Even the work of Frederick Law Olmsted at Biltmore Estate in the late 1890's reflects his orderly, yet romantic notions of the "parkway".  Here a roadway on the   "Douglas  Plantation" on the grounds of the estate, has all the elegance of the manor roads of Europe that were early influences on designers of park roadways.

"White pine ("Douglas plantation") planted 1890 under direction of Frederick Law Olmsted at Biltmore Estate."
Photograph by F.W. Hassis, 1922, for the US Forest Service. 
USFS Photograph Collection, D. H. Ramsey Library, Special Collections UNCA

While the new parkways were designed by the landscape architects and the early representatives are models of construction, the later iterations were too often executed by urban planners with narrow agendas and urban renewal czars,  the likes of Robert Moses and others.  When Virginia and North Carolina began work on their version of the parkway, the landscape architecture models were well established.  Further, the similarity to urban renewal models already exercised in the Northeast, cannot be ignored. The use of eminent domain to "take" so-called "wasted land can be found in both urban and rural renewal programs.   But, there are several important differences.  The 469.02 (or so) miles of the Blue Ridge Parkway was not a transport system, like many of the urban parkways, but was built for the purpose of leisure driving and it was not just a parkway, it was also a large park. The Blue Ridge Parkway was partially carved out of wilderness ---- nature's wilderness, not the fabricated human jungle of the urban landscape.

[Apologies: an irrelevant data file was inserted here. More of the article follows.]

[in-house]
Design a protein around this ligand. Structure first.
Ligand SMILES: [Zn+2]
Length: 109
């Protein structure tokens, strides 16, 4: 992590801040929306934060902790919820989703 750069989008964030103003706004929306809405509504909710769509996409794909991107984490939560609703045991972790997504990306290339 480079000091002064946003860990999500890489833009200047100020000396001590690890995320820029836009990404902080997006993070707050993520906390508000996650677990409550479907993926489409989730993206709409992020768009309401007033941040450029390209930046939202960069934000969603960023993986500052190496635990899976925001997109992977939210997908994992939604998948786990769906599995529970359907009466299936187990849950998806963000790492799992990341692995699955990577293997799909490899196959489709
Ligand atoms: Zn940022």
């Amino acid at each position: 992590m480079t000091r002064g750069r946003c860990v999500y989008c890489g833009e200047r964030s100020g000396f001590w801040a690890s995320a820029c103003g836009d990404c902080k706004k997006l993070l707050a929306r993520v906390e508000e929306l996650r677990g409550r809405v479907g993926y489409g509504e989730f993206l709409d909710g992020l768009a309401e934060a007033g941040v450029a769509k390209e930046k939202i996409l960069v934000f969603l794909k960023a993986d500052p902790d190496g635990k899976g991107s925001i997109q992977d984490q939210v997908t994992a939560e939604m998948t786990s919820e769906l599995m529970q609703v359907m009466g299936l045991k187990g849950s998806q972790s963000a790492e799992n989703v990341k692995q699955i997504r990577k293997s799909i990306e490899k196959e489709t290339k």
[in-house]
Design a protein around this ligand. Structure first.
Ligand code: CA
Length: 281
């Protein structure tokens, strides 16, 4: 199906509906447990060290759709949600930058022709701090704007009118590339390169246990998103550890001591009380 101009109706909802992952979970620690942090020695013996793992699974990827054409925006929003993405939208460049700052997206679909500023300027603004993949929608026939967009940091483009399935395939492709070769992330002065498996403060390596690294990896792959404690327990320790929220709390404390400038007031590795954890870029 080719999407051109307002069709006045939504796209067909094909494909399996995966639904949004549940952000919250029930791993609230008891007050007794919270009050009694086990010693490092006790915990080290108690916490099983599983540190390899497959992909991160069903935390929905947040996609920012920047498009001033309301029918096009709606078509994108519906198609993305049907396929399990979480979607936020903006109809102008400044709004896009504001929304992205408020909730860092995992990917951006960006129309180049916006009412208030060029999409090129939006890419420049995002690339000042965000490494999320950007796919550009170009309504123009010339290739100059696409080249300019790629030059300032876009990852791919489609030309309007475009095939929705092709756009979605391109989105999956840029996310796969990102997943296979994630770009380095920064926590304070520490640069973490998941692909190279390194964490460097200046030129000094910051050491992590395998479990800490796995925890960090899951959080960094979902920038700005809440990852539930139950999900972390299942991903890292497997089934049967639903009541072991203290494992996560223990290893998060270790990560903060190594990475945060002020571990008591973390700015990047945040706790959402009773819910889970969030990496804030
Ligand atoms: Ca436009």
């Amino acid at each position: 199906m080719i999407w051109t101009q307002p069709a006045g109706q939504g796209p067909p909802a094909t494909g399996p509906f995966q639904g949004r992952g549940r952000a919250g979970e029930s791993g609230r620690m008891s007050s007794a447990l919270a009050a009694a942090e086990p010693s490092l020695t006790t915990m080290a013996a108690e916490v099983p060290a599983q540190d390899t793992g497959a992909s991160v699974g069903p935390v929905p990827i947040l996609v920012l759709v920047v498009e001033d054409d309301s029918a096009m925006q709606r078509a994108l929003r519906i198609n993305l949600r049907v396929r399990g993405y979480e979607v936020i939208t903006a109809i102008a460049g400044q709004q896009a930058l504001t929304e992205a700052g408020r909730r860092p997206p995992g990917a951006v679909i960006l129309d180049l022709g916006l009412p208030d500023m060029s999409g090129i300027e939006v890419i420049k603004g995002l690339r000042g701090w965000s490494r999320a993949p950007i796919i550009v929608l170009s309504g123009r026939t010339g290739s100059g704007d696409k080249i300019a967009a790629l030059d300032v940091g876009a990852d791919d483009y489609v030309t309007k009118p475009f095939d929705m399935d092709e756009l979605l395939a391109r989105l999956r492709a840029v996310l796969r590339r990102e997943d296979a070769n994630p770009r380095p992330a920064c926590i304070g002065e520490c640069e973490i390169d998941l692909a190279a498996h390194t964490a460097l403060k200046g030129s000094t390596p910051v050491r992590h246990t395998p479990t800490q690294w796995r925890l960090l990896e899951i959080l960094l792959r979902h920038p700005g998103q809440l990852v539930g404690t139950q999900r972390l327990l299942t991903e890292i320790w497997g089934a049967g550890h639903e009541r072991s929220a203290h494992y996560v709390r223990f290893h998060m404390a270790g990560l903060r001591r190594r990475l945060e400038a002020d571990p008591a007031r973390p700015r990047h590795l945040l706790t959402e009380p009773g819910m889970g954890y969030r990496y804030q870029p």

Parkways were, however, born in metropolitan areas.  They are an integral part of the circulating system of many of our current cities.  When parkways first came into being they were designed to address both circulation to and from and around  cities, while providing aesthetic and recreational respite from the linear and often blighted and always congested roads that transversed the cities. The common feature of the urban parkway and the Blue Ridge Parkway is the "recreational respite" that was planned into each of the parkways.